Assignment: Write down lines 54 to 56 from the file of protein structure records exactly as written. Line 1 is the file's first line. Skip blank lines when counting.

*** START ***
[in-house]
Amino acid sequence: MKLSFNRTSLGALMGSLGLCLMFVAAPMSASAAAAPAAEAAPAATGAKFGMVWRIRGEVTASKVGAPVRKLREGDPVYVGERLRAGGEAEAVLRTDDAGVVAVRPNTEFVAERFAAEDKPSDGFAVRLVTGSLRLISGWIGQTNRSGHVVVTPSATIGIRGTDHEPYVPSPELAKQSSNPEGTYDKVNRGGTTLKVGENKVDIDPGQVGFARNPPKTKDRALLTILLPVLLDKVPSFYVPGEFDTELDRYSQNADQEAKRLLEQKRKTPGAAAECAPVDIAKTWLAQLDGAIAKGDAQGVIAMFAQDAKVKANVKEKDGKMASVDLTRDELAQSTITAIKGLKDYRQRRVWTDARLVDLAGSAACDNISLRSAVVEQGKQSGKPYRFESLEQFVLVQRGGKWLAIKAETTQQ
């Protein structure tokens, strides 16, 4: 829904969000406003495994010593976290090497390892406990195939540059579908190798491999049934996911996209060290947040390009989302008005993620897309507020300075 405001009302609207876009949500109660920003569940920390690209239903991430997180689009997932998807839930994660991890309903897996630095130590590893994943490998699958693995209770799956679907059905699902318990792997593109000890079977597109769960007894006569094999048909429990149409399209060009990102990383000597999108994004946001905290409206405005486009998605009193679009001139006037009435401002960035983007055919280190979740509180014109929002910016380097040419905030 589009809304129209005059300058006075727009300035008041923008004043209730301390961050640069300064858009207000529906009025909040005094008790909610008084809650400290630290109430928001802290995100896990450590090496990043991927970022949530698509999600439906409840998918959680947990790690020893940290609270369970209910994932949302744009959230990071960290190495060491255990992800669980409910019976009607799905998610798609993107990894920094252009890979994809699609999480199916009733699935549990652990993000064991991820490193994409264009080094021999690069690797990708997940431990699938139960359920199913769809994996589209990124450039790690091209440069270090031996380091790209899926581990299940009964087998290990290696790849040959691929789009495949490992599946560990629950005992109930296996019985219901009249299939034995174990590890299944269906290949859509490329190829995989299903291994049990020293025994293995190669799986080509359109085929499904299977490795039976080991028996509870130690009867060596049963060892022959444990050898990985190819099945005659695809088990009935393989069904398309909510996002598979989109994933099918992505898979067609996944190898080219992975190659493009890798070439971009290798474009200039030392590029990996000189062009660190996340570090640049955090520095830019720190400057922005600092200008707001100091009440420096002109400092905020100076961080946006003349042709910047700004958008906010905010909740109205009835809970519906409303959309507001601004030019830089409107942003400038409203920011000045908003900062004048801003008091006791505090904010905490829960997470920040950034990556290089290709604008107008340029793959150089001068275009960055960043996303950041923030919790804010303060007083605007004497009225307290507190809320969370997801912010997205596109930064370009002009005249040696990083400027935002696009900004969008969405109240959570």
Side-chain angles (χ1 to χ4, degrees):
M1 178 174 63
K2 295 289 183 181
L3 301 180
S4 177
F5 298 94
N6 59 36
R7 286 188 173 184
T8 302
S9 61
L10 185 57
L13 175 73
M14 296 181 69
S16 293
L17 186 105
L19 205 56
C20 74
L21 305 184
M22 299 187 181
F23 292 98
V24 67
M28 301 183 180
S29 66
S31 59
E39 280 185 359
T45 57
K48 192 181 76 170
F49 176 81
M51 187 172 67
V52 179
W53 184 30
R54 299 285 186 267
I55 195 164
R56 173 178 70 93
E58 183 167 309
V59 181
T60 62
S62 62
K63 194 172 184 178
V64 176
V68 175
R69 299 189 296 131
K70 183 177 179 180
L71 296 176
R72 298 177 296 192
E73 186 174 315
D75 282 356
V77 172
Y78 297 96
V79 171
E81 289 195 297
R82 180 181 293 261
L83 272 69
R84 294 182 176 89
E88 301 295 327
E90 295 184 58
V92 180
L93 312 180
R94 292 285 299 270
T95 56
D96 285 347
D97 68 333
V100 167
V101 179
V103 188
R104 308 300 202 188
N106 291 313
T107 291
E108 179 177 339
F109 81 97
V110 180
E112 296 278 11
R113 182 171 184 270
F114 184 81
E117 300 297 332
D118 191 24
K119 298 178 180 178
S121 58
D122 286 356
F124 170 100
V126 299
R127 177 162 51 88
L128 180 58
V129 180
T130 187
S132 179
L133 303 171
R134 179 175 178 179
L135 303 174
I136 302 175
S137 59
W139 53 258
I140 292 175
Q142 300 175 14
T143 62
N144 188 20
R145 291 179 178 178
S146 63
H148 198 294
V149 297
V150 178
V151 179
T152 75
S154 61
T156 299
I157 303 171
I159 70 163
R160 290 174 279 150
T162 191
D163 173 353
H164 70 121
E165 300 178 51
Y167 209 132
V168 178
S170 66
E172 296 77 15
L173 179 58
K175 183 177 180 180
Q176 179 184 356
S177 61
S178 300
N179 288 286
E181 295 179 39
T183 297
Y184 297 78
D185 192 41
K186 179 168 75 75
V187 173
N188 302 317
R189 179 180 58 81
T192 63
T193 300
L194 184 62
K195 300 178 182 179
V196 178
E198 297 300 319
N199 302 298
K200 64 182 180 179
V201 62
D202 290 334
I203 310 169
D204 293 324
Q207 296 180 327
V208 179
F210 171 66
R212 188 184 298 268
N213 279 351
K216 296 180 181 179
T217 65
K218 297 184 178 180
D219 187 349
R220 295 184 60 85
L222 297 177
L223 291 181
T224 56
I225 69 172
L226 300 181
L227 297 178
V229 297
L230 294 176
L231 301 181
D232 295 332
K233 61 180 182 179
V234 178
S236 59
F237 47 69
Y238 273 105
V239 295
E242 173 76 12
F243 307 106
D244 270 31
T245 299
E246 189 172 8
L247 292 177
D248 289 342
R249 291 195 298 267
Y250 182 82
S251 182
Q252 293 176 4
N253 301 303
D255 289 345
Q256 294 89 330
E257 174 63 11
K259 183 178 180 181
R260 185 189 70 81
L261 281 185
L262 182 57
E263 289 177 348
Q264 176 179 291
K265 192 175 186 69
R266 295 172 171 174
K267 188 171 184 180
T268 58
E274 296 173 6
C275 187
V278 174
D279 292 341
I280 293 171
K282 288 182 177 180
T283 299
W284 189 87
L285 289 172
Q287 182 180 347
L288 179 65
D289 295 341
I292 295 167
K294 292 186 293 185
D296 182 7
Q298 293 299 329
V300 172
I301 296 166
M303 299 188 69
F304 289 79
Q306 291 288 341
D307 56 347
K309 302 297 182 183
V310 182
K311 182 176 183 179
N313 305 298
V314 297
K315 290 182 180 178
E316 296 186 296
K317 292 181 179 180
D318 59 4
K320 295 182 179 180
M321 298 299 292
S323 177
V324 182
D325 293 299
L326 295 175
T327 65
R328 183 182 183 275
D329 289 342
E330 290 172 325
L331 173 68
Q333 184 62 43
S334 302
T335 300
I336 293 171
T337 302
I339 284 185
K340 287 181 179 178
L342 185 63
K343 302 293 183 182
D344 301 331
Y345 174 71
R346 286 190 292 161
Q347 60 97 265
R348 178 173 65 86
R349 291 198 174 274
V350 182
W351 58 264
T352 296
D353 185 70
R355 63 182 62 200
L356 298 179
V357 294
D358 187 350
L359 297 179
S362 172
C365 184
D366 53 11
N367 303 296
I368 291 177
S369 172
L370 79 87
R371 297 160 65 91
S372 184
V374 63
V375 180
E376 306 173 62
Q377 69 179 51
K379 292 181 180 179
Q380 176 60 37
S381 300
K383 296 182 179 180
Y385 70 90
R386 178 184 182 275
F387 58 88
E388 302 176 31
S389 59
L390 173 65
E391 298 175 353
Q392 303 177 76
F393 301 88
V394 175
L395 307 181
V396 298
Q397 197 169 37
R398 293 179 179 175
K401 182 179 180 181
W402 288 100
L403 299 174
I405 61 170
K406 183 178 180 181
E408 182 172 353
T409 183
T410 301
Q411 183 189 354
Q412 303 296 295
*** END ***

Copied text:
E81 289 195 297
R82 180 181 293 261
L83 272 69